by Victor Edwin SJ
St Ethelburga Centre for Reconciliation and Peace is a small building in the heart of London that offers a peaceful place where people of all faiths build healthy relationships across political, religious and cultural divisions. St Ethelburga's is a place where different faith traditions work together to promote reconciliation and peace "by creating safe space for difficult encounters, advancing practical models for reconciliation and inter-religious cooperation, and celebrating those who put them into practice, we can demonstrate an alternative to violent conflict." A short prayer for an end to violence which is displayed at the Centre was one of the most beautiful prayers that I have ever prayed.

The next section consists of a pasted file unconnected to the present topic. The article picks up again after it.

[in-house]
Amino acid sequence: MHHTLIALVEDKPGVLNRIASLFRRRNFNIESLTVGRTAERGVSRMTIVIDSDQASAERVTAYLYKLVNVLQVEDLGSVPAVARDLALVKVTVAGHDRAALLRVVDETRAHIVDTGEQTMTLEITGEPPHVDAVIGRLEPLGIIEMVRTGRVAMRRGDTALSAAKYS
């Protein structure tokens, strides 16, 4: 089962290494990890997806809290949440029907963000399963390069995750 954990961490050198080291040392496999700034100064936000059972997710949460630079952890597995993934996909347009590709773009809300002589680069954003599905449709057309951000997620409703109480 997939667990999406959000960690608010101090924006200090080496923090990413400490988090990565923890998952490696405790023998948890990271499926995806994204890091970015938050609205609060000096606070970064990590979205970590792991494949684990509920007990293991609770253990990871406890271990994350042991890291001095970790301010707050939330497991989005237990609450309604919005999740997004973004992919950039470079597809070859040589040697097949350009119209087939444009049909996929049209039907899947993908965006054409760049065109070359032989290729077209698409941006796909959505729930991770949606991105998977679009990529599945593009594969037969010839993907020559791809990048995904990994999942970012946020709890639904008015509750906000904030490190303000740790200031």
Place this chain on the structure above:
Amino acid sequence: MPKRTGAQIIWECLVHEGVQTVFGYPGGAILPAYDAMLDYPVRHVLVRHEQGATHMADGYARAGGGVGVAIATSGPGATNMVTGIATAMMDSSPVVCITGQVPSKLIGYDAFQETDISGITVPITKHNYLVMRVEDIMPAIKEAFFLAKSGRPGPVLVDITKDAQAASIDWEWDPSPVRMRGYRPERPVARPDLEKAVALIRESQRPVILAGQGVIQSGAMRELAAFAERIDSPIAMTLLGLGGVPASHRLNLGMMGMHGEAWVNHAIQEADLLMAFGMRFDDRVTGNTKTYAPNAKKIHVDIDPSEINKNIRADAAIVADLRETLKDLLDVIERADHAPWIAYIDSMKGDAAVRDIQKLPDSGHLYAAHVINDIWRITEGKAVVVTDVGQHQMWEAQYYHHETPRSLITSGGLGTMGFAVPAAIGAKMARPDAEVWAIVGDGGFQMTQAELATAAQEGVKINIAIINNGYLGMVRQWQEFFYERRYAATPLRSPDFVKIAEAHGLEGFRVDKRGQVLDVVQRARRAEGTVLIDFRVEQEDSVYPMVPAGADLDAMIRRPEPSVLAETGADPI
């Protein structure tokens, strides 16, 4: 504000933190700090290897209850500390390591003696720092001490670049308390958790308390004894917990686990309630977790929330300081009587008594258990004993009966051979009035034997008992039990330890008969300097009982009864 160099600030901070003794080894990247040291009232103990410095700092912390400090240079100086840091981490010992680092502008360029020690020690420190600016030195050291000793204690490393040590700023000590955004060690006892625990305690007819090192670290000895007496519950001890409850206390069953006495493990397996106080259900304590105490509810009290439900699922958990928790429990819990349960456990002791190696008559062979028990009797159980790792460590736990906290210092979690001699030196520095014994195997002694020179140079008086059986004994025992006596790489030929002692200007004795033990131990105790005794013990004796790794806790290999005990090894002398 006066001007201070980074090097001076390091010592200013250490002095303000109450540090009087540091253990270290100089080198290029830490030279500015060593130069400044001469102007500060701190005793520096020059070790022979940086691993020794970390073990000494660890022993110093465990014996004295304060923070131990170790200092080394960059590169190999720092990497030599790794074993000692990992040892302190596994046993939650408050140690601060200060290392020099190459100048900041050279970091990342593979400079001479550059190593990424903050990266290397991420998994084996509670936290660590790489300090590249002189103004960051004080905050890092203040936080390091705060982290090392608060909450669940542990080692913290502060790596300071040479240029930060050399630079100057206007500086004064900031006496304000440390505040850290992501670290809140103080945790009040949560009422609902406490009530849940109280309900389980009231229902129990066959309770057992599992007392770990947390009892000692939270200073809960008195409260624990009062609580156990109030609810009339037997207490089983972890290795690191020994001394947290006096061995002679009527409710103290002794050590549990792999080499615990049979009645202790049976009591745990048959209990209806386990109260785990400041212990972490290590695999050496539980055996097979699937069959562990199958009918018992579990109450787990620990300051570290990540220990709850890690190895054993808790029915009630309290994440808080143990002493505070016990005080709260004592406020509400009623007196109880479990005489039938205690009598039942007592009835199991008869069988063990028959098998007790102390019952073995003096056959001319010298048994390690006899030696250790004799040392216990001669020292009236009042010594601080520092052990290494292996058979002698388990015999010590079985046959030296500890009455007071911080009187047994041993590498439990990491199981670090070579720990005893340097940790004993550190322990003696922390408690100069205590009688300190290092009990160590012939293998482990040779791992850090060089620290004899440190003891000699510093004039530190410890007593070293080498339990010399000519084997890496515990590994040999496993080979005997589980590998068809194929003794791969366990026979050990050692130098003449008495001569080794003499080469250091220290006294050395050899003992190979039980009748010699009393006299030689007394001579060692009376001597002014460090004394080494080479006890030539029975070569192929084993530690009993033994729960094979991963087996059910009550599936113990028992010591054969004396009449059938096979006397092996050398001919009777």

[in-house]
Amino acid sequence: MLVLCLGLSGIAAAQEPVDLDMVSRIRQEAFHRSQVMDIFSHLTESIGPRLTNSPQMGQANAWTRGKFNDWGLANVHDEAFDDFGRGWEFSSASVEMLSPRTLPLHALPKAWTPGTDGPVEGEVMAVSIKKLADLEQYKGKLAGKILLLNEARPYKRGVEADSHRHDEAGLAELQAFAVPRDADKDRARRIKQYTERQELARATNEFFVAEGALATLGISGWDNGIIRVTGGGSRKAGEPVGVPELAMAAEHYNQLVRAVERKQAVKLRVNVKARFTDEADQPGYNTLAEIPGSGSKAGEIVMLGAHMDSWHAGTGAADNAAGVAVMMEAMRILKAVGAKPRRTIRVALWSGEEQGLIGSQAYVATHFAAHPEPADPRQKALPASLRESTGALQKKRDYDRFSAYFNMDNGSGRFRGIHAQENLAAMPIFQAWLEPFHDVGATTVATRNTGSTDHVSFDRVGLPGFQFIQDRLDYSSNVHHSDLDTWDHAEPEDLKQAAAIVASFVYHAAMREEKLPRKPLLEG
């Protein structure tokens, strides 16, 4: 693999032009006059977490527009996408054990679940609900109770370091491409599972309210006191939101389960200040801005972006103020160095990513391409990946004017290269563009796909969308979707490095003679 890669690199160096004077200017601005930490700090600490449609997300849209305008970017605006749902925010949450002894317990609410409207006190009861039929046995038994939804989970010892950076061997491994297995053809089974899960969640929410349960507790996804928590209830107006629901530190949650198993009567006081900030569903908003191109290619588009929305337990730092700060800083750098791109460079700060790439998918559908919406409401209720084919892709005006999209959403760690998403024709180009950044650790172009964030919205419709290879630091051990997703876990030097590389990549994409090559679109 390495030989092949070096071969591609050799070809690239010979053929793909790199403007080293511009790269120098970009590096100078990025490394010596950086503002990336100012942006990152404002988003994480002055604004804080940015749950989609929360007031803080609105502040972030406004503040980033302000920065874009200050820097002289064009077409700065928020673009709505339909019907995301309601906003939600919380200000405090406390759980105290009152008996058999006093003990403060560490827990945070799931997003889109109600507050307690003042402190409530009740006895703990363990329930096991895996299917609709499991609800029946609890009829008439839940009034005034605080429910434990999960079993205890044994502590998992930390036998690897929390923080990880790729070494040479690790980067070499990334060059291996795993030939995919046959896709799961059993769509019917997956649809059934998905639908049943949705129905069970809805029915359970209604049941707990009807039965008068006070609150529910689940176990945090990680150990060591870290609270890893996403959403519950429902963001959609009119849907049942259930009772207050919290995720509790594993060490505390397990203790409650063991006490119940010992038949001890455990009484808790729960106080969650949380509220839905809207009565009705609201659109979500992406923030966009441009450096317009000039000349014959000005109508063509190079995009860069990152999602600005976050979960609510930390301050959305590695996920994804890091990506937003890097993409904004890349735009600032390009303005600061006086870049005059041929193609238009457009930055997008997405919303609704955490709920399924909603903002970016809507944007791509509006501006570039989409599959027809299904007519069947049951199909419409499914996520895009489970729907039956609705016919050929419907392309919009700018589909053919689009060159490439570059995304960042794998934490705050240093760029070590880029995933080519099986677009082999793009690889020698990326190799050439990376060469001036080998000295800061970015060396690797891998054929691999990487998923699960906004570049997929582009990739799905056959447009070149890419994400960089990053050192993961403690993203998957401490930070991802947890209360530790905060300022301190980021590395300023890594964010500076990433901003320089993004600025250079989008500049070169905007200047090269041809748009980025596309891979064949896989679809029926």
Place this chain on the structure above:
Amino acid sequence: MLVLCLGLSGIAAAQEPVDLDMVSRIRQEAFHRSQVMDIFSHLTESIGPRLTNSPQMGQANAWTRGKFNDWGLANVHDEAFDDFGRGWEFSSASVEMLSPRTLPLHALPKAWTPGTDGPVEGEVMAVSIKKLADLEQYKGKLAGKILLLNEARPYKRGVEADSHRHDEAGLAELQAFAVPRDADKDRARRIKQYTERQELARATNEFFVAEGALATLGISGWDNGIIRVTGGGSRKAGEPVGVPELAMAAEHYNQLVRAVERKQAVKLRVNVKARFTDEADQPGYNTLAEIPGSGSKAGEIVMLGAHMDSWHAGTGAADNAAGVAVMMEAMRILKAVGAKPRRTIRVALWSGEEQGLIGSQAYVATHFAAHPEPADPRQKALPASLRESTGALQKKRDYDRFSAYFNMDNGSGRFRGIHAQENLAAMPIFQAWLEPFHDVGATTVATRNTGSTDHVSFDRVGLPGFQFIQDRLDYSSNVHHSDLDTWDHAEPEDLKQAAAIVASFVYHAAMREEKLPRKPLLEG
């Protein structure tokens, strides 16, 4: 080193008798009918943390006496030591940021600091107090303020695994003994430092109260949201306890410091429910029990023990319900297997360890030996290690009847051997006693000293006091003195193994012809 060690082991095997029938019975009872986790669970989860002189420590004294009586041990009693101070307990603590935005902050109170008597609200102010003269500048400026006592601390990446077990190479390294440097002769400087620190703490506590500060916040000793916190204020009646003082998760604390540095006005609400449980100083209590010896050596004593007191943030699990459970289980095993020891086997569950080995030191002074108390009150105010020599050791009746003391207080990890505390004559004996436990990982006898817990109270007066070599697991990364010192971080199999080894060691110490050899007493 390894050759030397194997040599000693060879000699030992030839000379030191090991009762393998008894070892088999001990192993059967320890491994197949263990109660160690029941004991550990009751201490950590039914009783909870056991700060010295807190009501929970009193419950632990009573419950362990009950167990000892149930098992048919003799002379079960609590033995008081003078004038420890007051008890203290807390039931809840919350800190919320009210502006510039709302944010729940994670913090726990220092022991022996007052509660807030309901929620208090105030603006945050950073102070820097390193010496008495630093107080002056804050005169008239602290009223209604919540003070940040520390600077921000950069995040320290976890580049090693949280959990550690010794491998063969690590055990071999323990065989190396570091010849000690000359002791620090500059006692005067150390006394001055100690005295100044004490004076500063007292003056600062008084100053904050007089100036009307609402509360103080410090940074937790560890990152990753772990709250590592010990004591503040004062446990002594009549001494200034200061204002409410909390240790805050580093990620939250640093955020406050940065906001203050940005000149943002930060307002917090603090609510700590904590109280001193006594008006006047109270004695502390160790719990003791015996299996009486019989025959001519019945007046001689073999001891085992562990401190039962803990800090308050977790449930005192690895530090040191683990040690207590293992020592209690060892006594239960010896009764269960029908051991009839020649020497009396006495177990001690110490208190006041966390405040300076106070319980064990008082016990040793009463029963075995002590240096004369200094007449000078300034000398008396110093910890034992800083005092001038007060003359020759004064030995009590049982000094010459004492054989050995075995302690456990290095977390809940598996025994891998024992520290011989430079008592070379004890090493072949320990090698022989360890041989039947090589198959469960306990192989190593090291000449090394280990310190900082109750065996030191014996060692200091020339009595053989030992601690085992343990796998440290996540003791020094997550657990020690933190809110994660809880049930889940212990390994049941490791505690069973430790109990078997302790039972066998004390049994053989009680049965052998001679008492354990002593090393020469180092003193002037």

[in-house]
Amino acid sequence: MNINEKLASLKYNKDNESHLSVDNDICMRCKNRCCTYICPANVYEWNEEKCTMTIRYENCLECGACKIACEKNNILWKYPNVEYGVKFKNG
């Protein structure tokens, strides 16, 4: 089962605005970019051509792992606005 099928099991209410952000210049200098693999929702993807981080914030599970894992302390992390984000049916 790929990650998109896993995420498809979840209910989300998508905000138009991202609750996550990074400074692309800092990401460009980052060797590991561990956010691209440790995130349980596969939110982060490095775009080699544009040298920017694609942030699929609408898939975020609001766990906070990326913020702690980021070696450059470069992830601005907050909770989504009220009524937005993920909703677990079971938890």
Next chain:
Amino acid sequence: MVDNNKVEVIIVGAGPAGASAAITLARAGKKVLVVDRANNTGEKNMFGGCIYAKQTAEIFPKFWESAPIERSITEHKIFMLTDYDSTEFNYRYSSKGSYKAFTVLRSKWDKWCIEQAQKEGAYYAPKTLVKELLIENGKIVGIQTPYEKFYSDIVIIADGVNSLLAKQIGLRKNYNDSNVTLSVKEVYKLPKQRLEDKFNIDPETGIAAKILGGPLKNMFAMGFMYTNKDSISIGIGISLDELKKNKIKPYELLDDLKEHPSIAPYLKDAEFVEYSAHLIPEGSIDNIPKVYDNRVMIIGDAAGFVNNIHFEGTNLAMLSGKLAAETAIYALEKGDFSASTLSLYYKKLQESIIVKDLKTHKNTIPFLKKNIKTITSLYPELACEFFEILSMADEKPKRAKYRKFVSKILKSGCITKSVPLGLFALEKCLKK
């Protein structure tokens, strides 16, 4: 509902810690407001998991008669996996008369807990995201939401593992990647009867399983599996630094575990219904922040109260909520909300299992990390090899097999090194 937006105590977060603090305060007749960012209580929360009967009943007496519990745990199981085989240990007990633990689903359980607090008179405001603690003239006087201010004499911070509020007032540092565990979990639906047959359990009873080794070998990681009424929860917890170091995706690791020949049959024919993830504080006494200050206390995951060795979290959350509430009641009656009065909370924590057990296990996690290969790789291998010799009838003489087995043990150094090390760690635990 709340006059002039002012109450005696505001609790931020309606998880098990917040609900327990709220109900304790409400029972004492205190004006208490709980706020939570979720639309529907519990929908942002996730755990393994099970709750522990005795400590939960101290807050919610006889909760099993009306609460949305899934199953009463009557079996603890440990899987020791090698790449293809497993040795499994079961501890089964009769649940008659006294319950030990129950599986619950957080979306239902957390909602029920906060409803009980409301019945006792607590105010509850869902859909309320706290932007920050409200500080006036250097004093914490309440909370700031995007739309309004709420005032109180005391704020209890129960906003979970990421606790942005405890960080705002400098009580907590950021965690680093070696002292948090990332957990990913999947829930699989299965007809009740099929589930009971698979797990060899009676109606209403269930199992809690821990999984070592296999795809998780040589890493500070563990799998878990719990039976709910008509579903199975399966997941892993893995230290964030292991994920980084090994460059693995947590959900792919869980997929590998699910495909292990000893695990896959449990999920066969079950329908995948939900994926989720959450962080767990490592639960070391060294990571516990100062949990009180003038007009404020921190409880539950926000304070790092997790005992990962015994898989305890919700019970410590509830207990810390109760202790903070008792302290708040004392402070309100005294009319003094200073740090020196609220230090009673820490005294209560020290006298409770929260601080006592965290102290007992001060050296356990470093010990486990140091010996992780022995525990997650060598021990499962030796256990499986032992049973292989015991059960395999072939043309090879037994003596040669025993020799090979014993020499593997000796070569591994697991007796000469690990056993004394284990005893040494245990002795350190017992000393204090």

God of life
“Every act of violence in our world, between myself and another, destroys a part of your creation. Stir in my heart a renewed sense of reverence for all life. Give me the vision to recognize your spirit in every human being, however they behave towards me. Make possible the impossible by cultivating in me the fertile seed of healing love. May I play my part in breaking the cycle of violence by realizing that peace begins with me... “
The medieval Church of St Ethelburga in Bishopsgate was one of the oldest buildings in the City of London. It escaped the Great Fire of London in the 17th century and survived the bombing of London in the Second World War unscathed. In 1993, a huge IRA lorry bomb targeted at the financial centres and banks all around, devastated the church. "10 years and 3 million pounds of fundraising later, it reopened as a Centre for Reconciliation and Peace providing a unique place of meeting inside its restored mediaeval walls." I had the opportunity to attend a program in this oasis of peace to reflect on Christian-Muslim Relations.